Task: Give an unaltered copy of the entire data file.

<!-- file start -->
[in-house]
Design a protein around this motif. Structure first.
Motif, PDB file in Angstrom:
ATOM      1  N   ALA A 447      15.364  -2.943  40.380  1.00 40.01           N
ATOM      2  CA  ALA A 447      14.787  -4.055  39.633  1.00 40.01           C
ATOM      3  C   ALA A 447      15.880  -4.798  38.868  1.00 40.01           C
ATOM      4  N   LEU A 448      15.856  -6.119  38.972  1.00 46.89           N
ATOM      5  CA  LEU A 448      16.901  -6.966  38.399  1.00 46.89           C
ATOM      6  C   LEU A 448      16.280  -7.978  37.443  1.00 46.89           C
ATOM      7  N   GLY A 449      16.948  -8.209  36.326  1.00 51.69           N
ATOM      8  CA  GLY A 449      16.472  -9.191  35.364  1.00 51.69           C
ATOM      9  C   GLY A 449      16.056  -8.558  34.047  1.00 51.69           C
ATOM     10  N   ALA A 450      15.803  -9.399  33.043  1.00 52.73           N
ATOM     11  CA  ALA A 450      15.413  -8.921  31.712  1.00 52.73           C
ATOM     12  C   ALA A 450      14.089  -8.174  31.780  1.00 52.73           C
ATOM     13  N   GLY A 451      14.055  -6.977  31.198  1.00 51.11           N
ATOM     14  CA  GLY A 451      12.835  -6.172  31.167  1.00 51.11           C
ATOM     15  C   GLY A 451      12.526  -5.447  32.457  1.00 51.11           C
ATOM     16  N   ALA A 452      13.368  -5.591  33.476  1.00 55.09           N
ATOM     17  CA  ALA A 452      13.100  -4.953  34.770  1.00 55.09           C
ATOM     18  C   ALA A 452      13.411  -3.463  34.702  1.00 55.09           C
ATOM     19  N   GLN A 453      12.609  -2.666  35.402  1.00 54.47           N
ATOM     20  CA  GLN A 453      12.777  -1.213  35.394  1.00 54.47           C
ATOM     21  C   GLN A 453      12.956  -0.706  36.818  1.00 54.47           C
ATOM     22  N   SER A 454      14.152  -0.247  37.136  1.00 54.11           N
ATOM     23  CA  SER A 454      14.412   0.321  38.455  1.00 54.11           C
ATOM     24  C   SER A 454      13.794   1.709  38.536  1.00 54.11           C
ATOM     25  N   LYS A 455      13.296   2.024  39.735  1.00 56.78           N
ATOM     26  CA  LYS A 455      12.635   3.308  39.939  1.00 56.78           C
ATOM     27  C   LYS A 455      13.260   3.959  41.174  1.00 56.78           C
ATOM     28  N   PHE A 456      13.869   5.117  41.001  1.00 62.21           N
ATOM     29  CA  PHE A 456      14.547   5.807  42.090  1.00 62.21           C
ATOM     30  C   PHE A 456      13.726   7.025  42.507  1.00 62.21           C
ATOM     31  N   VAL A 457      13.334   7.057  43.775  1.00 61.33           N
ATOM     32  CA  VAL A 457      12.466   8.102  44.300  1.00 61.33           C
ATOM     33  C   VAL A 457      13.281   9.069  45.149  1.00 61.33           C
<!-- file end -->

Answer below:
[in-house]
Design a protein around this motif. Structure first.
Motif, PDB file in Angstrom:
ATOM      1  N   ALA A 447      15.364  -2.943  40.380  1.00 40.01           N
ATOM      2  CA  ALA A 447      14.787  -4.055  39.633  1.00 40.01           C
ATOM      3  C   ALA A 447      15.880  -4.798  38.868  1.00 40.01           C
ATOM      4  N   LEU A 448      15.856  -6.119  38.972  1.00 46.89           N
ATOM      5  CA  LEU A 448      16.901  -6.966  38.399  1.00 46.89           C
ATOM      6  C   LEU A 448      16.280  -7.978  37.443  1.00 46.89           C
ATOM      7  N   GLY A 449      16.948  -8.209  36.326  1.00 51.69           N
ATOM      8  CA  GLY A 449      16.472  -9.191  35.364  1.00 51.69           C
ATOM      9  C   GLY A 449      16.056  -8.558  34.047  1.00 51.69           C
ATOM     10  N   ALA A 450      15.803  -9.399  33.043  1.00 52.73           N
ATOM     11  CA  ALA A 450      15.413  -8.921  31.712  1.00 52.73           C
ATOM     12  C   ALA A 450      14.089  -8.174  31.780  1.00 52.73           C
ATOM     13  N   GLY A 451      14.055  -6.977  31.198  1.00 51.11           N
ATOM     14  CA  GLY A 451      12.835  -6.172  31.167  1.00 51.11           C
ATOM     15  C   GLY A 451      12.526  -5.447  32.457  1.00 51.11           C
ATOM     16  N   ALA A 452      13.368  -5.591  33.476  1.00 55.09           N
ATOM     17  CA  ALA A 452      13.100  -4.953  34.770  1.00 55.09           C
ATOM     18  C   ALA A 452      13.411  -3.463  34.702  1.00 55.09           C
ATOM     19  N   GLN A 453      12.609  -2.666  35.402  1.00 54.47           N
ATOM     20  CA  GLN A 453      12.777  -1.213  35.394  1.00 54.47           C
ATOM     21  C   GLN A 453      12.956  -0.706  36.818  1.00 54.47           C
ATOM     22  N   SER A 454      14.152  -0.247  37.136  1.00 54.11           N
ATOM     23  CA  SER A 454      14.412   0.321  38.455  1.00 54.11           C
ATOM     24  C   SER A 454      13.794   1.709  38.536  1.00 54.11           C
ATOM     25  N   LYS A 455      13.296   2.024  39.735  1.00 56.78           N
ATOM     26  CA  LYS A 455      12.635   3.308  39.939  1.00 56.78           C
ATOM     27  C   LYS A 455      13.260   3.959  41.174  1.00 56.78           C
ATOM     28  N   PHE A 456      13.869   5.117  41.001  1.00 62.21           N
ATOM     29  CA  PHE A 456      14.547   5.807  42.090  1.00 62.21           C
ATOM     30  C   PHE A 456      13.726   7.025  42.507  1.00 62.21           C
ATOM     31  N   VAL A 457      13.334   7.057  43.775  1.00 61.33           N
ATOM     32  CA  VAL A 457      12.466   8.102  44.300  1.00 61.33           C
ATOM     33  C   VAL A 457      13.281   9.069  45.149  1.00 61.33           C